• Rules and boundaries established to protect teacher power
  • Mistrust; belief that students are “always trying to get away with something” and will behave only in presence of authority they fear.
  • Teachers uncomfortable with students' expressions of feelings (especially anger, sadness or fear); judgment, criticism, blaming, distracting or shaming students for their feelings.
  • Approval of students conditional on students’ cooperative, teacher-pleasing behavior
  • Arrogance, self-centeredness, self-righteousness; “shoulds;” focus on teacher needs.
  • Double standards for adults and children; certain language, behaviors or attitudes that teachers model are punished when students display them.

Flexible Learning Environments

Authority Relationships


  • Proactive, preventative.
  • Goal- or consequence-oriented (positive or negative)
  • Win-win (cooperative).
  • Agreement- or negotiation-oriented; many choices may be offered.
  • Teacher sets limits and determines what is and is not negotiable; encourages self-enforcement.
  • Student empowerment and initiative encouraged within limits that respect everyone’s rights.
  • Direct.
  • Purpose for rules and boundaries is consequence-based, explained to students.
  • Students responsible for their own behavior.
  • Greater detachment from personal impact of students’ behavior (affect of students’ behavior on self-worth or adequacy of teacher) without loss of caring.
  • Students allowed to experience negative (but non-life-threatening) outcomes of choices; “poor choosing” (uncooperative, undesirable choices or behaviors) seen as “learning opportunities” or “teachable moments.”
  • Rules or boundaries established to protect everyone’s rights, consider everyone’s needs.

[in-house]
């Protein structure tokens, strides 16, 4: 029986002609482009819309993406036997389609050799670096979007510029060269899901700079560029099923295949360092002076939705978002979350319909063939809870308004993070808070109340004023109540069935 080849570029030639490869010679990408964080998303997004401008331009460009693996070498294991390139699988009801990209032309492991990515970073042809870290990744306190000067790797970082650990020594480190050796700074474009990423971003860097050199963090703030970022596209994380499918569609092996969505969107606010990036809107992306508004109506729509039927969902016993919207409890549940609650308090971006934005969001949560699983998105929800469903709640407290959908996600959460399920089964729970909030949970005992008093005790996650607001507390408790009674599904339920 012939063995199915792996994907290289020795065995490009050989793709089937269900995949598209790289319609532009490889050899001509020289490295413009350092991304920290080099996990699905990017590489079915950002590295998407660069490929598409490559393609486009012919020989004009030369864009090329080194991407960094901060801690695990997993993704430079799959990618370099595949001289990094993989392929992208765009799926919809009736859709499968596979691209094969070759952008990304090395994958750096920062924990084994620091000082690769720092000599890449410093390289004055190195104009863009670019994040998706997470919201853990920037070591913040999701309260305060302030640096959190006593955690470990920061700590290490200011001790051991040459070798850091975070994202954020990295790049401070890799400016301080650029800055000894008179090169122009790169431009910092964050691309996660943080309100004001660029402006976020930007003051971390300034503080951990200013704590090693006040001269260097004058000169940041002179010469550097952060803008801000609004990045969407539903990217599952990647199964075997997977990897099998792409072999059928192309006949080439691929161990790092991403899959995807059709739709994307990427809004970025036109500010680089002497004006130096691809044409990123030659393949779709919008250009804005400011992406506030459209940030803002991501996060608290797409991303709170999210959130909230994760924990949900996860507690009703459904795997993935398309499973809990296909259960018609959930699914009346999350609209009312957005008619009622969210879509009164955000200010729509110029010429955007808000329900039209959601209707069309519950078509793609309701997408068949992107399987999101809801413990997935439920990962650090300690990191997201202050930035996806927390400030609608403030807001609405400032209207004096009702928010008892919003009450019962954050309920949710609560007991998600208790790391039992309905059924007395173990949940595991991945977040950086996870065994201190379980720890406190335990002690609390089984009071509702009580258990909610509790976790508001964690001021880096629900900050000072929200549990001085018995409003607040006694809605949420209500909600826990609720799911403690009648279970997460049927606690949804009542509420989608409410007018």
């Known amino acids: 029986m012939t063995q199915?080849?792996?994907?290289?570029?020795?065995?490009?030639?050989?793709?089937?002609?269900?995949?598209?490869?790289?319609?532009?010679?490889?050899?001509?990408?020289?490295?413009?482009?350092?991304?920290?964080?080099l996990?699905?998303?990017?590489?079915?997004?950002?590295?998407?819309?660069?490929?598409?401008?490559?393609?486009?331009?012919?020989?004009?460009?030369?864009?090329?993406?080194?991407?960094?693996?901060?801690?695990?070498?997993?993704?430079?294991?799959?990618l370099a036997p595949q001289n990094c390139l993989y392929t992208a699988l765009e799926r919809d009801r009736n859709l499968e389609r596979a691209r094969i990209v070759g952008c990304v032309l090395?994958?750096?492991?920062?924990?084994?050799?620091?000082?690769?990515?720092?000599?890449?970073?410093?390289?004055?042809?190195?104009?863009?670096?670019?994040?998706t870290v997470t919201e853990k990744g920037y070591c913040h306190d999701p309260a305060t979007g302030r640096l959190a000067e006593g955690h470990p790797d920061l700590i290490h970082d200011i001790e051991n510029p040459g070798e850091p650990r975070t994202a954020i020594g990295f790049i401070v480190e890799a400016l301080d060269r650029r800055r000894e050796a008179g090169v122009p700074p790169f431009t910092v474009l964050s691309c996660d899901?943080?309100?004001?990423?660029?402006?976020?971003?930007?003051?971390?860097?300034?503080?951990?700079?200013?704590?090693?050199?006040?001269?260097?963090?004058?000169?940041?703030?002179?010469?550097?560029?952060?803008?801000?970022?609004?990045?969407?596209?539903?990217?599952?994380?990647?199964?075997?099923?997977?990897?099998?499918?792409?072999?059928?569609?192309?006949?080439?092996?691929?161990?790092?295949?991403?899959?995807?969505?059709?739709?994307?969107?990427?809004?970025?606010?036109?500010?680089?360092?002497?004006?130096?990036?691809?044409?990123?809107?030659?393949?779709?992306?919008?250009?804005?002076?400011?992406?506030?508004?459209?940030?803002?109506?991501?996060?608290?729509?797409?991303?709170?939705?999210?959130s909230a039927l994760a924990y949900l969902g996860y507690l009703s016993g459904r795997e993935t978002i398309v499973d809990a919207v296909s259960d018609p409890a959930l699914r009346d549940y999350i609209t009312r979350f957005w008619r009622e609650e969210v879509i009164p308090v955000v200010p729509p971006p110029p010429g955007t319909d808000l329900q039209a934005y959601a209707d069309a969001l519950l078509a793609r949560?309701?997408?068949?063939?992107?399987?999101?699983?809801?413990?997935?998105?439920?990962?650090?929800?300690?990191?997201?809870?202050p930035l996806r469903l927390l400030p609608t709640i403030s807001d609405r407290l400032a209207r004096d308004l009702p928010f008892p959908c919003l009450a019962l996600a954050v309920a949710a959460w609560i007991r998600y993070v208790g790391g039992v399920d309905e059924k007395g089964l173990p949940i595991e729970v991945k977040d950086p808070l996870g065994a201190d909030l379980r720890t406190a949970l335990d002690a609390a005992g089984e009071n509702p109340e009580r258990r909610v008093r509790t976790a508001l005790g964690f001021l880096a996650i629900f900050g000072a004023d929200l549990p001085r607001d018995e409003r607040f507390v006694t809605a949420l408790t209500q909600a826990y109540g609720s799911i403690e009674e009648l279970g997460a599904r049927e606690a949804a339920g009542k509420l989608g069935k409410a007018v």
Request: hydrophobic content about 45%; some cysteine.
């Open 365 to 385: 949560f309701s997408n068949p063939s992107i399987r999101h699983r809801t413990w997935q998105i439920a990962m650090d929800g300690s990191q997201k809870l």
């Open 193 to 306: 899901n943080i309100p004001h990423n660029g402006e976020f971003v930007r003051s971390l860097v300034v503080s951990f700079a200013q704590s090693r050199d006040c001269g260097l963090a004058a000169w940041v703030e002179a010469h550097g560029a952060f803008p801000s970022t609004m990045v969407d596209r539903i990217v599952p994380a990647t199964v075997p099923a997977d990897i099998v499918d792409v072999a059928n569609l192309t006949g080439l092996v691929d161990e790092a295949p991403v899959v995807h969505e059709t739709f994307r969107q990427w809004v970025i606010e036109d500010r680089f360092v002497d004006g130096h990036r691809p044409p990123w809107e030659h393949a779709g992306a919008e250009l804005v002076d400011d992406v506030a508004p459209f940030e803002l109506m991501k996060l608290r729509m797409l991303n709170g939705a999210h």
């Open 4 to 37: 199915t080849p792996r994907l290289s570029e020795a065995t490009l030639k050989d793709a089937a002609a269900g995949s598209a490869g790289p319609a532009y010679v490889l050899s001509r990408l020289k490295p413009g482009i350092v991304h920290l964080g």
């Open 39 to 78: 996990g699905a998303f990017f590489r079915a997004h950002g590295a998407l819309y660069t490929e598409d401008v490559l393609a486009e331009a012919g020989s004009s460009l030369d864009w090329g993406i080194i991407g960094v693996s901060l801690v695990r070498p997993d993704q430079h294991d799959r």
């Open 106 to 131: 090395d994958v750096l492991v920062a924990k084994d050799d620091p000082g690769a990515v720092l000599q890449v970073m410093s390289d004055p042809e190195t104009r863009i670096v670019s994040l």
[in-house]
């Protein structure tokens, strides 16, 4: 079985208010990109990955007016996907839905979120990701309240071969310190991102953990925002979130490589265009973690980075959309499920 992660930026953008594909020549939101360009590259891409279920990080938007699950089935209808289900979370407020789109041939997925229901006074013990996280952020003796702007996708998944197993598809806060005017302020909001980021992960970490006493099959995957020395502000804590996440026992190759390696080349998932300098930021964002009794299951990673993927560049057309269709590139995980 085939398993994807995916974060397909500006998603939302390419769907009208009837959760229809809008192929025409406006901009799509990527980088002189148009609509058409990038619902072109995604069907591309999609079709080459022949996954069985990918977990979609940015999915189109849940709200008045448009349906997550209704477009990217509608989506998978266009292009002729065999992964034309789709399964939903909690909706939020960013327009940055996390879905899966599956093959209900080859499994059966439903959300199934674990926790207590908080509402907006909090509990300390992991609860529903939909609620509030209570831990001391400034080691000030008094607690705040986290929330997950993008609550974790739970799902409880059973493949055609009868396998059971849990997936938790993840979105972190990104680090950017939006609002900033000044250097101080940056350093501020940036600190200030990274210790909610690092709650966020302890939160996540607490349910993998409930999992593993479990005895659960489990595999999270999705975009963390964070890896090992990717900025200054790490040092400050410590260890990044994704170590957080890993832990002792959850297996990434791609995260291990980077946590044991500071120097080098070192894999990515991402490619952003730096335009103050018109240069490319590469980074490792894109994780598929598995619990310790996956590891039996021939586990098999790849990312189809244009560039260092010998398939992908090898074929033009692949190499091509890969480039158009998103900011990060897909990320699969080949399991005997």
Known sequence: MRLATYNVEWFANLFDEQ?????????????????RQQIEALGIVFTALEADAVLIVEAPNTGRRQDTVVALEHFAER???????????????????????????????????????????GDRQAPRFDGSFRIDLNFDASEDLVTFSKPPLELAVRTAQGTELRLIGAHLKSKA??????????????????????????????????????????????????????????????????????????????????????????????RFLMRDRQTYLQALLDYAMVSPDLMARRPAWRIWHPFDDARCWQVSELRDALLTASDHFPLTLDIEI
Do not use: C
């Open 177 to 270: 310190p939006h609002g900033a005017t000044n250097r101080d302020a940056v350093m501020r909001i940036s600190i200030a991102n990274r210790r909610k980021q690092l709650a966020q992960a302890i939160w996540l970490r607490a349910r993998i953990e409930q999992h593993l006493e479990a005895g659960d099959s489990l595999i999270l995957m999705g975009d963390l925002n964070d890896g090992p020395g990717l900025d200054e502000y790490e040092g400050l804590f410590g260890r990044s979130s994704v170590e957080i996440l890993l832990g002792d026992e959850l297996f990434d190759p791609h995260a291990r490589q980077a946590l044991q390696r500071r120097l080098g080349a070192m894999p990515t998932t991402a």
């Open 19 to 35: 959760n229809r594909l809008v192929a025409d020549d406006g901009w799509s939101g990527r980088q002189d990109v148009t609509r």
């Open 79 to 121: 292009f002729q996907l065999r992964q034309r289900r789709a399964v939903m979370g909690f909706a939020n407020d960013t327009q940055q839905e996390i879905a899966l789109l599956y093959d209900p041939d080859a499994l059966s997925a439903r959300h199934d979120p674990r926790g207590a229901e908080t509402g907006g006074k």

• Trust; belief that students will make responsible choices if given the opportunity (and reason) to do so; trust in students’ ability to function even in absence of authority.
  • Teachers accept and encourage students to feel feelings and express them constructively (without hurting others or. themselves); students accepted regardless of their feelings
  • Acceptance of students regardless of their behavior.
  • No need to make student wrong for teacher to be right; respect for students’ needs.
  • Absence of double standards; teachers model behaviors they want children to exhibit.

Single Cell Classrooms

Discipline Goals 


  • Students make few decisions, have few opportunities to act independently.
  • Independence seen as threatening to power, undermining teacher’s role as authority, disciplinarian
  • Punishment for infractions (often long-term and severe); rarely opportunities for self-correction (although remorse, shame and contrition may be accepted)
  • Confusion of student behavior and worth
  • Praise of student for cooperation, achievement, teacher-pleasing behavior (connecting student’s “goodness” to positive choices); emphasis on student, not deed and value of student’s choice to teacher
  • Critical, judgmental; focus on negative
  • Warnings, lectures, delayed consequences
  • Problems with students often referred to outside authority for punishment (principal, counselor, coach, parent)
  • Greater rigidity and uniformity in assignments, rewards; evaluation tends to be comparative (based on the performance of others)

Flexible Learning Environments

Discipline Goals


  • Students have opportunities to make decisions, act independently.
  • Independence seen as supporting cooperative relationship; frees teacher for instruction, guidance, facilitation.
  • Consequences for infractions (often the absence of positive consequences until behavior changes); self-correction encouraged; objective is improved behavior (remorse, shame, contrition are not necessary).
  • Separation of student behavior and worth.
  • Recognition of student cooperation or achievement without judging; emphasis on deed, not student (student’s worth is not an issue) and value of student’s choice to student.
  • Focus on positive
  • Personal responsibility for problems with students; teachers may contact outside authority as a resource, for ideas or support, or simply to let them know what’s going on and how they are going to handle the problem
  • Greater diversity and flexibility in assignments, rewards; evaluation based on individual performance and ability.

Industrial Age Classrooms vs. Information Age Classrooms By Jane Bluestein, Ph.D. Reprinted with permission.